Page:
Your Friends Are Keeping You Unemployed

More

OK, the headline overstates the case a bit. But the same way that having heavy friends makes you more likely to put on weight, having unemployed friends makes you more content to remain unemployed, according to a new World Bank study (via Economix):

The lesson to be drawn by these findings is that one's employment decisions have a strong externality on other's labor supply and job search effort, through comparison effects. Upon losing a job, if a relevant other is also jobless then both individuals search with less intensity. In the opposite scenario, if all relevant others are employed, search intensity increases for the unemployed...

If others are unemployed, I will search less and extend my unemployment duration, in turn affecting others' return to work.

This makes sense, and it's both comforting and unnerving. It's comforting to know that having company in the struggle against unemployment can ease the psychological trauma, which can be very real indeed. But it's unnerving to think that communities of underemployed people can marinate in a kind of dreary stasis.

Chronic under- and unemployment has long-term implications. Skills atrophy. Workplace savvy dulls. Medium-term wages deflate. Today, the economy isn't producing enough open positions for the 16 percent of the economy that either has no jobs or has been pushed to work part-time -- no matter how they feel about being unemployed. But when the job market starts to recover, pockets of blithely underemployed folks represent wasted potential to work and capacity to consume products with the money they earn.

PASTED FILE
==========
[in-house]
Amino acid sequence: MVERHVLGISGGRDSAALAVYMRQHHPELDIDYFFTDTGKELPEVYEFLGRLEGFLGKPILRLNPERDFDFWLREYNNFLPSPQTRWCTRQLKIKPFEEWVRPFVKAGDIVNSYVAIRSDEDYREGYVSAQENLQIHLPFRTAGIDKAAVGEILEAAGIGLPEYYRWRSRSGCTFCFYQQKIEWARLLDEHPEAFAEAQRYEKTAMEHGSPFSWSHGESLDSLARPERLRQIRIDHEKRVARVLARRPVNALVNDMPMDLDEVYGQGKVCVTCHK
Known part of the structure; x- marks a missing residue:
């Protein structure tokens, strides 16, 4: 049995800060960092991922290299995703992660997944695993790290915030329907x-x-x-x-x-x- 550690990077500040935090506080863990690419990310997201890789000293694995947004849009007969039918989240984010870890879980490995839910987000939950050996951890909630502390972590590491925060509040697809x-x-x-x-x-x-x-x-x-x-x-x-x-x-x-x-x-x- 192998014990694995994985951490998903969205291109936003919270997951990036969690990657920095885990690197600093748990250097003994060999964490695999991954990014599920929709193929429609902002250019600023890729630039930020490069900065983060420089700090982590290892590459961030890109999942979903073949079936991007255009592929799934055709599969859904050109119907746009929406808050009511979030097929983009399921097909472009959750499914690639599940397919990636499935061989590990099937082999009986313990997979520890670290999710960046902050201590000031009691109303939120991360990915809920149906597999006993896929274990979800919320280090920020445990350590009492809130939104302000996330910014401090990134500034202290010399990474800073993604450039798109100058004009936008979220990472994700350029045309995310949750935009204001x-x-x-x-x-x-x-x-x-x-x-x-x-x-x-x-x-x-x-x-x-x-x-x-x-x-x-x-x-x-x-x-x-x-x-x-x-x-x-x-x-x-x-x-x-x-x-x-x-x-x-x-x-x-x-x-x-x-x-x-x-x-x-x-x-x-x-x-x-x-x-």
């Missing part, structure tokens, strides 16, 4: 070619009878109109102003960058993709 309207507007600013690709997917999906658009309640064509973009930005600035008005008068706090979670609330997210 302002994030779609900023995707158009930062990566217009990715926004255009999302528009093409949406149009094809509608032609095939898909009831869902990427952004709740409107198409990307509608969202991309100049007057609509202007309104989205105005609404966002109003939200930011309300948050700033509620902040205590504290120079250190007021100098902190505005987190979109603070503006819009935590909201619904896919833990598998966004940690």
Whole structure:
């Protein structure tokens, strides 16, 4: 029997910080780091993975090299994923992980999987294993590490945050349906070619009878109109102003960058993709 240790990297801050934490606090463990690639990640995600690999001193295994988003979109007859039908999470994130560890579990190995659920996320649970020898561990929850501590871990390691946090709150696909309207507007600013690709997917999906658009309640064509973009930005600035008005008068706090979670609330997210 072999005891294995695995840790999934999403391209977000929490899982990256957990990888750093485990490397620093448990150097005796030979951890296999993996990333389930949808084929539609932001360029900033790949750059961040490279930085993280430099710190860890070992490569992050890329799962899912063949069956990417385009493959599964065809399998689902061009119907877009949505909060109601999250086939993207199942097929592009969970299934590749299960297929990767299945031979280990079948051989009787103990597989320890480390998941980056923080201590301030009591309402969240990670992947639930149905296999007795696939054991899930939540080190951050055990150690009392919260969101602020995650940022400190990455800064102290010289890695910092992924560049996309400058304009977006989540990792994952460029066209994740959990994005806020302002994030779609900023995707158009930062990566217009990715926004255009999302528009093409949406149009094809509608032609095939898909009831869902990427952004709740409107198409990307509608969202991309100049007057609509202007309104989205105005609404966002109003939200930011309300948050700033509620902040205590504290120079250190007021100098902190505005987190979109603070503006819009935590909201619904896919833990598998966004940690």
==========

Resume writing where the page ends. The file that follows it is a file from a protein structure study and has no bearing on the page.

Jump to comments
Presented by

Derek Thompson is a senior editor at The Atlantic, where he writes about economics, labor markets, and the entertainment business.

Get Today's Top Stories in Your Inbox (preview)

CrossFit Versus Yoga: Choose a Side

How a workout becomes a social identity


Join the Discussion

After you comment, click Post. If you’re not already logged in you will be asked to log in or register. blog comments powered by Disqus

Video

CrossFit Versus Yoga: Choose a Side

How a workout becomes a social identity

Video

Is Technology Making Us Better Storytellers?

The minds behind House of Cards and The Moth weigh in.

Video

A Short Film That Skewers Hollywood

A studio executive concocts an animated blockbuster. Who cares about the story?

Video

In Online Dating, Everyone's a Little Bit Racist

The co-founder of OKCupid shares findings from his analysis of millions of users' data.

Video

What Is a Sandwich?

We're overthinking sandwiches, so you don't have to.

Video

Let's Talk About Not Smoking

Why does smoking maintain its allure? James Hamblin seeks the wisdom of a cool person.

Writers

Up
Down

More in Business

Just In